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BMI - should I use it?

The Body Mass Index (BMI) was developed by a Belgian astronomer, Adolphe Quetelet in the mid 1900’s. 

His formula divided a persons weight by their height to give a score "BMI". Although not entirely satisfactory, it has been considered as good as any other indicator of relative obesity. 

  • Anything under 18.5 is considered underweight
  • 18.5 - 24.9 is considered a healthy weight
  • 25-29.9 is considered overweight
  • Anything over 30 is considered obese.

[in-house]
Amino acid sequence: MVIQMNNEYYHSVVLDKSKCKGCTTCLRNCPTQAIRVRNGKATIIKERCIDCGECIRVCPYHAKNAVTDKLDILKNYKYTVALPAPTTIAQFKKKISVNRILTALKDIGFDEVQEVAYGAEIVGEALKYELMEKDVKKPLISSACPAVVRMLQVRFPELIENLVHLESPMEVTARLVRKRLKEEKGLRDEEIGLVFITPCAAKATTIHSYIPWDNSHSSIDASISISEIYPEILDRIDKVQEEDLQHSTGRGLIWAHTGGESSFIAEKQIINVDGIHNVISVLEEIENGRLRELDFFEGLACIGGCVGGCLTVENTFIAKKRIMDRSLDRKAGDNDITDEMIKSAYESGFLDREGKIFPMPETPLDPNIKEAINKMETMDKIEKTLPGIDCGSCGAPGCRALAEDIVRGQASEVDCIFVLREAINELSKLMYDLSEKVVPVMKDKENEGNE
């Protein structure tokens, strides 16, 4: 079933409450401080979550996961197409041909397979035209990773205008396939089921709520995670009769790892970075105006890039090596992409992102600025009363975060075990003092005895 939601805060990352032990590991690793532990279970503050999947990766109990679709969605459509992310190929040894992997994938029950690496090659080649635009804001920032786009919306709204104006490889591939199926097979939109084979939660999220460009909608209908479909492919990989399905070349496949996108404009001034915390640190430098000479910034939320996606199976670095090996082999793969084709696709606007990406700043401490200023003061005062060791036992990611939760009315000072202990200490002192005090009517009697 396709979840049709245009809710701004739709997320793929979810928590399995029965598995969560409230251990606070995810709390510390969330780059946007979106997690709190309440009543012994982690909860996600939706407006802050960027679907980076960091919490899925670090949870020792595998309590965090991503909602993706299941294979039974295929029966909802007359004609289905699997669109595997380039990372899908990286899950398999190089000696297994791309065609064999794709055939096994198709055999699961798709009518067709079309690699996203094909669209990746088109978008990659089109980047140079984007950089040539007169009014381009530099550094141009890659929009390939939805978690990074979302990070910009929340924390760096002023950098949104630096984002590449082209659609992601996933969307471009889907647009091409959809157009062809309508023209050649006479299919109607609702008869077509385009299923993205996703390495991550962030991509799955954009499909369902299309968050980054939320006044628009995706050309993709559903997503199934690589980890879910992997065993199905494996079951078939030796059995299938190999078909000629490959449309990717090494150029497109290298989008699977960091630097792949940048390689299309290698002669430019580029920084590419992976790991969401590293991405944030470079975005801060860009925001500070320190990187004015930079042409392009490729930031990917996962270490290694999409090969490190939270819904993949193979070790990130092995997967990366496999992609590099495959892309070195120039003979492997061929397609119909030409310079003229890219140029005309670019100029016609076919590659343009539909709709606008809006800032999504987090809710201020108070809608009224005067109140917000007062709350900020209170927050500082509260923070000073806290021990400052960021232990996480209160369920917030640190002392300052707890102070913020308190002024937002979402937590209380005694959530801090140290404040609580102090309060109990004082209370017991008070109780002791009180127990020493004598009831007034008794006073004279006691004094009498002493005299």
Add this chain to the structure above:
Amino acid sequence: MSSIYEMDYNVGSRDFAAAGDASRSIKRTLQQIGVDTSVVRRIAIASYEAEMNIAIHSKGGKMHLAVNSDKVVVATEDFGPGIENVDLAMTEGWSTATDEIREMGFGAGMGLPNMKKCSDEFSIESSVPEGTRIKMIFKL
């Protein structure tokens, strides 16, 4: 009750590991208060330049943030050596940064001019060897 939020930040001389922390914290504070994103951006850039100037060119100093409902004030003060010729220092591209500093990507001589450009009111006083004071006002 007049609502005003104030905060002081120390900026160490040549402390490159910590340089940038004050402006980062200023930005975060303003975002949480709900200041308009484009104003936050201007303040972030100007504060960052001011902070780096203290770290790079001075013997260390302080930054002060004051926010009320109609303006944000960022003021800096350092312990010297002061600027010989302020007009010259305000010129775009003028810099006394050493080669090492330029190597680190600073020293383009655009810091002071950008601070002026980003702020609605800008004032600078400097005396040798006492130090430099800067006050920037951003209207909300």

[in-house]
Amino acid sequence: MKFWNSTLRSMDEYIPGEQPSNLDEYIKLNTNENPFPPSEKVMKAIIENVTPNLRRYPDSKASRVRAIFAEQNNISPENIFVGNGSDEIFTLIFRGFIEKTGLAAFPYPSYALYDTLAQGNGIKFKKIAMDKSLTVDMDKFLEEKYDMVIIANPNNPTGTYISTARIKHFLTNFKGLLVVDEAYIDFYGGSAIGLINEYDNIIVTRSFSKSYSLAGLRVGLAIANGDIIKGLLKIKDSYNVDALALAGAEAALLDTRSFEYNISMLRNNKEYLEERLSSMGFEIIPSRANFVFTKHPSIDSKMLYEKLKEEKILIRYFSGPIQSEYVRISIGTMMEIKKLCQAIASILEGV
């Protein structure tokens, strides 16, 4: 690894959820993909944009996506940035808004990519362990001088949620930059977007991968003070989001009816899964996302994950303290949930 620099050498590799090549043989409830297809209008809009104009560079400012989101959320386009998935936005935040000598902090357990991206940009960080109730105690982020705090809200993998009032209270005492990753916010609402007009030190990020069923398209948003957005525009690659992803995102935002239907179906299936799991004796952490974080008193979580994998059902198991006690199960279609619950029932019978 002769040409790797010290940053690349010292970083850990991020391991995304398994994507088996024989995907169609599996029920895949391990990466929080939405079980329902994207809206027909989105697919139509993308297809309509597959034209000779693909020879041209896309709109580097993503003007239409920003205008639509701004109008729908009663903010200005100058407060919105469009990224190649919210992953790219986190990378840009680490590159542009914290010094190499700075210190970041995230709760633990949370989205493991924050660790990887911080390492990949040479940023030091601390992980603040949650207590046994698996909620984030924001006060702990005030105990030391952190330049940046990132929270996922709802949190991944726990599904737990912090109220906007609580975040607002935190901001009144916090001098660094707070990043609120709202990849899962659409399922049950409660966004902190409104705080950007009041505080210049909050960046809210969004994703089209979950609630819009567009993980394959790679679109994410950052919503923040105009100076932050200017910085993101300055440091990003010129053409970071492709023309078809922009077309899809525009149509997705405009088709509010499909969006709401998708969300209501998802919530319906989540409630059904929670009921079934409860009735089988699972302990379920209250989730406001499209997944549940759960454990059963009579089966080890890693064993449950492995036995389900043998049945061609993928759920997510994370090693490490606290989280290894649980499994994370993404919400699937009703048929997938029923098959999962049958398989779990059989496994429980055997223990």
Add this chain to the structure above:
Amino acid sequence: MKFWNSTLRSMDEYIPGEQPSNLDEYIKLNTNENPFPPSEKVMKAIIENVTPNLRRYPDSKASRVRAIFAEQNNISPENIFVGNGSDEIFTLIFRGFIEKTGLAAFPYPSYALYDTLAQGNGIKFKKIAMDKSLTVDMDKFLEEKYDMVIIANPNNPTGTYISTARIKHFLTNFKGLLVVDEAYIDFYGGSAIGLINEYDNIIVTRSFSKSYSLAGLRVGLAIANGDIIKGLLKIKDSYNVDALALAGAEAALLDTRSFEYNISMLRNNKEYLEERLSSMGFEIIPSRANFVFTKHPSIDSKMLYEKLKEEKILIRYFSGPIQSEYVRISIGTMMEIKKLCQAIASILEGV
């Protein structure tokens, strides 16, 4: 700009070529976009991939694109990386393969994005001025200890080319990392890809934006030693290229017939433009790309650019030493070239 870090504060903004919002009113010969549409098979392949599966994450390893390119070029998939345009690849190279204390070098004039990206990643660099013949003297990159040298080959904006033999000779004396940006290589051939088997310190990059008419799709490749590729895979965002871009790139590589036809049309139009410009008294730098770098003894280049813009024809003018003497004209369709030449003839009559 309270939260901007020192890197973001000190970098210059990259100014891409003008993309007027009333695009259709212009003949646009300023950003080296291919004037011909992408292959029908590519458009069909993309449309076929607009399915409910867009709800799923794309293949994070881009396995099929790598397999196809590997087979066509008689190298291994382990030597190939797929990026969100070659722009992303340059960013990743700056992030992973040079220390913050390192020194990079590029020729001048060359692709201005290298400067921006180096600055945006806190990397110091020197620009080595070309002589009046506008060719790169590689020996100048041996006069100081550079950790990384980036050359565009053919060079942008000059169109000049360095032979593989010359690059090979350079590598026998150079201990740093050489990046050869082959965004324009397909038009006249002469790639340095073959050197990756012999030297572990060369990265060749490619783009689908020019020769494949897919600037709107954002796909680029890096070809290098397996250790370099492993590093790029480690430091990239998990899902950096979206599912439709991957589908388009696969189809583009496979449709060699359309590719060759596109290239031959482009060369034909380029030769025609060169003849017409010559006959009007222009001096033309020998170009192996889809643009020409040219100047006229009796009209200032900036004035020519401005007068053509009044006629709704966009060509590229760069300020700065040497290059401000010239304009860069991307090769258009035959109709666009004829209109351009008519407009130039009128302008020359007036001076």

The simplicity of BMI is its downfall. It takes no account of age or gender, the scoring system was devised for a different age and takes no account of changes in nutrition over the last 200 years. Most fitness models and athletes fail the BMI test because of the amount of muscle mass not fat on their bodies. In fact it makes no distinction between fat and muscle at all. 

So why use it? Well the short answer here is don’t. Focus on measuring your body fat, it is the only true way to measure healthy body composition and there are million tools and apps available to help you. My advice, leave it in the 1900’s along with gas lighting and the horse drawn carriage.